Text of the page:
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Thread: Neolithic Shamanism

  1. #21
    The Gaze of the Abyss B. de Corbin's Avatar
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    Re: Neolithic Shamanism

    Quote Originally Posted by perzephone View Post
    I'm currently trying to carve a wax Venus and it's so frustrating. I'm like, if it's so easy a cave person could do it, why can't I???
    They didn't have a lot of distractions in their spare time... Aside from saber tooth tigers, and big bad bears...

    Try warming your knife up a bit with a lighter every now and then. It'll go through the wax like a hot knife through wax.

    (Captain Obvious steps in to assist - I look great in the uniform)
    Last edited by B. de Corbin; 05 Jul 2014 at 16:53.
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  2. #22
    Opinionated Rae'ya's Avatar
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    Re: Neolithic Shamanism

    Quote Originally Posted by Tylluan Penry View Post
    I'll throw my hat into the ring too, for anyone who's interested... Sacred Shadows, Ice Age Spirituality, which is available as a very cheap Kindle download. (It's also available as a paperback from the Wolfenhowle Press Website - but outside the UK the postage costs tend to make Kindle a better option.) You can look inside the book too for an idea what is there.

    No exercises in this book - just a lot of information about spiritual aspects of the very ancient past. All properly referenced, too! The idea was to try and reach out to the ancient past we each carry within us... because I believe that the past never really goes away, we have it with us all the time. It does briefly refer to shamanism, within the context of characters such as the Bison Men or the 'sorcerer' at Les Trois Freres.

    Ooh, and one other thing... the Iron Age, Bronze Age etc., reached the far north MUCH later than it did the areas around the Mediterranean. These thawed out first after the Iron Age and then, while some tribes stayed put, others followed their herds northwards.

    My own favourite part of Sacred Shadows was discovering the engravings of La Marche - sheer magic!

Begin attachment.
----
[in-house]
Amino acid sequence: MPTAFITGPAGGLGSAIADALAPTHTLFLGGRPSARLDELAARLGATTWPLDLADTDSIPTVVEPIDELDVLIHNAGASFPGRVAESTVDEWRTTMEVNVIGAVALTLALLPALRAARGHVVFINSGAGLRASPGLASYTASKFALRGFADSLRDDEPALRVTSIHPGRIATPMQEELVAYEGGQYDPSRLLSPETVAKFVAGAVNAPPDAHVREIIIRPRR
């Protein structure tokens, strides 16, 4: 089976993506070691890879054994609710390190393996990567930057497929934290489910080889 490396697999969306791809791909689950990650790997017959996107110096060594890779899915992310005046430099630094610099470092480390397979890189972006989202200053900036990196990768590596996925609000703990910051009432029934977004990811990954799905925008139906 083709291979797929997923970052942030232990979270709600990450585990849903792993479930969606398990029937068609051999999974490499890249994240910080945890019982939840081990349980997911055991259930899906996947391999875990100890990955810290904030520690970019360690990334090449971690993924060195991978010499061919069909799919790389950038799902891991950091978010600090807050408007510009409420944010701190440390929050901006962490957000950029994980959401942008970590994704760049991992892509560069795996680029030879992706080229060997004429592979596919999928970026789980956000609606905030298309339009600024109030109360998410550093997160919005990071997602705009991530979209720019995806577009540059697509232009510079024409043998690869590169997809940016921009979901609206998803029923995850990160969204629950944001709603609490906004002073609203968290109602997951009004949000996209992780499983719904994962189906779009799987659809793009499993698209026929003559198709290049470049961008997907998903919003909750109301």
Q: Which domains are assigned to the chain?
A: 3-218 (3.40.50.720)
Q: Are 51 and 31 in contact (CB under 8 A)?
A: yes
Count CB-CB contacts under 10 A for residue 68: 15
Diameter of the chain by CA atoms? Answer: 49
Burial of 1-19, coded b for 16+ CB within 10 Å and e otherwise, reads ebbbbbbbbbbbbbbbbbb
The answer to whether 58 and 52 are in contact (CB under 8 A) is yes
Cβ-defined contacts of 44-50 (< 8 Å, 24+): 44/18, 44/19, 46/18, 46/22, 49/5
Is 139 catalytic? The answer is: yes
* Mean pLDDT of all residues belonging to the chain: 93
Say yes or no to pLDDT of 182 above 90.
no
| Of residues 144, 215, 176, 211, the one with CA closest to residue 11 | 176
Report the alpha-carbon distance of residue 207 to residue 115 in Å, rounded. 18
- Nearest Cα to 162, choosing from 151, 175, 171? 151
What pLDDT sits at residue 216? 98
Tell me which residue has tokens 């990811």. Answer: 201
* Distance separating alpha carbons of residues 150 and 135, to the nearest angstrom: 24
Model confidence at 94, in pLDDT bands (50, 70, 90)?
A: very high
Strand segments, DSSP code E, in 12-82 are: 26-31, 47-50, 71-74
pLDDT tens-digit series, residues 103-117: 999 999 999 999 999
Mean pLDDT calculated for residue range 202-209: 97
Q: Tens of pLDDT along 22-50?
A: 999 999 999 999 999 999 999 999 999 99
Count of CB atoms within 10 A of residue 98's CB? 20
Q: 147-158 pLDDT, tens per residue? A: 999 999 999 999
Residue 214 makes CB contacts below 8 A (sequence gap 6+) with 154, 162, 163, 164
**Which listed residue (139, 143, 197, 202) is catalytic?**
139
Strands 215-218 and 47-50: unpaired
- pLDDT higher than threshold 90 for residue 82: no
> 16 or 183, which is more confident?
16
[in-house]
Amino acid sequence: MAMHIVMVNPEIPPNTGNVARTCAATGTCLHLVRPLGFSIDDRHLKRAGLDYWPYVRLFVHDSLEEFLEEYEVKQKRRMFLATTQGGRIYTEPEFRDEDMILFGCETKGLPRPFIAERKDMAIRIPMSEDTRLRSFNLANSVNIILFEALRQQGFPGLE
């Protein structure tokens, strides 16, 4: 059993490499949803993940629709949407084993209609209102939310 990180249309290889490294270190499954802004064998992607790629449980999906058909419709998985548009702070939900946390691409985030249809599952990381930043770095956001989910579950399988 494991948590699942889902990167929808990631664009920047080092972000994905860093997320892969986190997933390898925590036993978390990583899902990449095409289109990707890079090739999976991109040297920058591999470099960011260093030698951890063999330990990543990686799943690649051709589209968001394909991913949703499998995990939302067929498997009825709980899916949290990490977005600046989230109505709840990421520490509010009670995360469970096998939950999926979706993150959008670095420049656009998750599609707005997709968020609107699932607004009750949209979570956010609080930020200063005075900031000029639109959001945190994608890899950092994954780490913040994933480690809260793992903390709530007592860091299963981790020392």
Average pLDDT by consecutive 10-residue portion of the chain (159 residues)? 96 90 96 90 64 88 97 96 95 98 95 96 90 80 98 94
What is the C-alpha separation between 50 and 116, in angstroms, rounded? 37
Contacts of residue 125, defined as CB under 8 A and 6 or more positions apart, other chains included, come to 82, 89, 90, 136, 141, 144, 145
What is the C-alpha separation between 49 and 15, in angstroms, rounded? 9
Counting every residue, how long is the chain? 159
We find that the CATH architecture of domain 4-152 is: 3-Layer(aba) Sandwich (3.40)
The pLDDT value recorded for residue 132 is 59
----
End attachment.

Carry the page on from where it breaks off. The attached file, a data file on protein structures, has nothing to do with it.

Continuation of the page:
Hah you've just reminded me that this book of yours is on my to-buy list!

  3. #23
    Silver Member Tylluan Penry's Avatar
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    Re: Neolithic Shamanism

    Quote Originally Posted by Rae'ya View Post
    Hah you've just reminded me that this book of yours is on my to-buy list!
    Thanks - if you're in australia then definitely cheapest to get it on Kindle. And an Australian buyer did review it too!

    - - - Updated - - -

    Quote Originally Posted by perzephone View Post
    Well, there's 'ancient' and then there's 'really ancient', lol. I'm currently trying to carve a wax Venus and it's so frustrating. I'm like, if it's so easy a cave person could do it, why can't I???
    I think the thing to remember is that they were considerably more convinced than we give them credit for. They used crayons (yes, honestly, this isn't a von Daniken flight of fancy) they did embroidery (which is why I love the La Marche engravings.) I've attached one to this post... I think the figure is just gorgeous, and nigh on about 14,000 years old! The detailed headdress isn't like we'd expect and yet these engravings are hard to find out about... I had to go through about ten journals (all in French) and translate them. Really, really hard work. For a long time they were thought to be forgeries but in 2002 it was agreed they were genuine. (Much the same happened at Lascaux, believe it or not!)